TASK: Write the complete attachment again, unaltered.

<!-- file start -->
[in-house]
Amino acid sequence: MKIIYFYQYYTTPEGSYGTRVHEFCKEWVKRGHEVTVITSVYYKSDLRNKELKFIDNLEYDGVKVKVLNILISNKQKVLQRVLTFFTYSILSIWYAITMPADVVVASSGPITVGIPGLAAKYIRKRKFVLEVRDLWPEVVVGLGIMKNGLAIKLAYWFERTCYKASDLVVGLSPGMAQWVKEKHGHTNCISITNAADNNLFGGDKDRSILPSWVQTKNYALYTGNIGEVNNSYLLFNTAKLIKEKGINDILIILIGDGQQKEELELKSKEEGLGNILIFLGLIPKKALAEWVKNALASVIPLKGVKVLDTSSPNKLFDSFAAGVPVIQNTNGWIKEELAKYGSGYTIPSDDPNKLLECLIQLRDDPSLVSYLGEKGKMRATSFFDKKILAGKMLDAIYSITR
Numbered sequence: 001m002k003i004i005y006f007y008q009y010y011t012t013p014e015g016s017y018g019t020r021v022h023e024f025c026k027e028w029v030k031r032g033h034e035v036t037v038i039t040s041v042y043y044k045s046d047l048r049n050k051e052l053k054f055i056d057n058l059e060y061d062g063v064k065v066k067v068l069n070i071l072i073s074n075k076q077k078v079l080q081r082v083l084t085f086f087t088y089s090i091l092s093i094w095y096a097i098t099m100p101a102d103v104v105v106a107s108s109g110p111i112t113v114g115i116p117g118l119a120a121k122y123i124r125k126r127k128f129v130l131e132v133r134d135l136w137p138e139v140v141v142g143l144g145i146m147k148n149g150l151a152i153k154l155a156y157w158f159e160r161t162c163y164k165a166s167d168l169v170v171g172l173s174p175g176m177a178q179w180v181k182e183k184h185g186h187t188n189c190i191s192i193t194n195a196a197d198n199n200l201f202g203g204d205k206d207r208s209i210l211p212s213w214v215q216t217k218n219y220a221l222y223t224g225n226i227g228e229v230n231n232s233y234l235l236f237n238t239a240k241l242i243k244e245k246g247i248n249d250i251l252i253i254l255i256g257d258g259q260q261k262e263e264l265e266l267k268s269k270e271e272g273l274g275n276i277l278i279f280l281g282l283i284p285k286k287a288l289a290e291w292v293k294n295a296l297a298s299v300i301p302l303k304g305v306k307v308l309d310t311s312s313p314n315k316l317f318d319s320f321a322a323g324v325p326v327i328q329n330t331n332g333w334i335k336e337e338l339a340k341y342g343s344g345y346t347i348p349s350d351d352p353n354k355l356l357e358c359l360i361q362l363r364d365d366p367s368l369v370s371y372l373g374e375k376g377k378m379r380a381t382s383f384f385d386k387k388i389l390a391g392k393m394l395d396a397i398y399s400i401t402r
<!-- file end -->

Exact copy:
[in-house]
Amino acid sequence: MKIIYFYQYYTTPEGSYGTRVHEFCKEWVKRGHEVTVITSVYYKSDLRNKELKFIDNLEYDGVKVKVLNILISNKQKVLQRVLTFFTYSILSIWYAITMPADVVVASSGPITVGIPGLAAKYIRKRKFVLEVRDLWPEVVVGLGIMKNGLAIKLAYWFERTCYKASDLVVGLSPGMAQWVKEKHGHTNCISITNAADNNLFGGDKDRSILPSWVQTKNYALYTGNIGEVNNSYLLFNTAKLIKEKGINDILIILIGDGQQKEELELKSKEEGLGNILIFLGLIPKKALAEWVKNALASVIPLKGVKVLDTSSPNKLFDSFAAGVPVIQNTNGWIKEELAKYGSGYTIPSDDPNKLLECLIQLRDDPSLVSYLGEKGKMRATSFFDKKILAGKMLDAIYSITR
Numbered sequence: 001m002k003i004i005y006f007y008q009y010y011t012t013p014e015g016s017y018g019t020r021v022h023e024f025c026k027e028w029v030k031r032g033h034e035v036t037v038i039t040s041v042y043y044k045s046d047l048r049n050k051e052l053k054f055i056d057n058l059e060y061d062g063v064k065v066k067v068l069n070i071l072i073s074n075k076q077k078v079l080q081r082v083l084t085f086f087t088y089s090i091l092s093i094w095y096a097i098t099m100p101a102d103v104v105v106a107s108s109g110p111i112t113v114g115i116p117g118l119a120a121k122y123i124r125k126r127k128f129v130l131e132v133r134d135l136w137p138e139v140v141v142g143l144g145i146m147k148n149g150l151a152i153k154l155a156y157w158f159e160r161t162c163y164k165a166s167d168l169v170v171g172l173s174p175g176m177a178q179w180v181k182e183k184h185g186h187t188n189c190i191s192i193t194n195a196a197d198n199n200l201f202g203g204d205k206d207r208s209i210l211p212s213w214v215q216t217k218n219y220a221l222y223t224g225n226i227g228e229v230n231n232s233y234l235l236f237n238t239a240k241l242i243k244e245k246g247i248n249d250i251l252i253i254l255i256g257d258g259q260q261k262e263e264l265e266l267k268s269k270e271e272g273l274g275n276i277l278i279f280l281g282l283i284p285k286k287a288l289a290e291w292v293k294n295a296l297a298s299v300i301p302l303k304g305v306k307v308l309d310t311s312s313p314n315k316l317f318d319s320f321a322a323g324v325p326v327i328q329n330t331n332g333w334i335k336e337e338l339a340k341y342g343s344g345y346t347i348p349s350d351d352p353n354k355l356l357e358c359l360i361q362l363r364d365d366p367s368l369v370s371y372l373g374e375k376g377k378m379r380a381t382s383f384f385d386k387k388i389l390a391g392k393m394l395d396a397i398y399s400i401t402r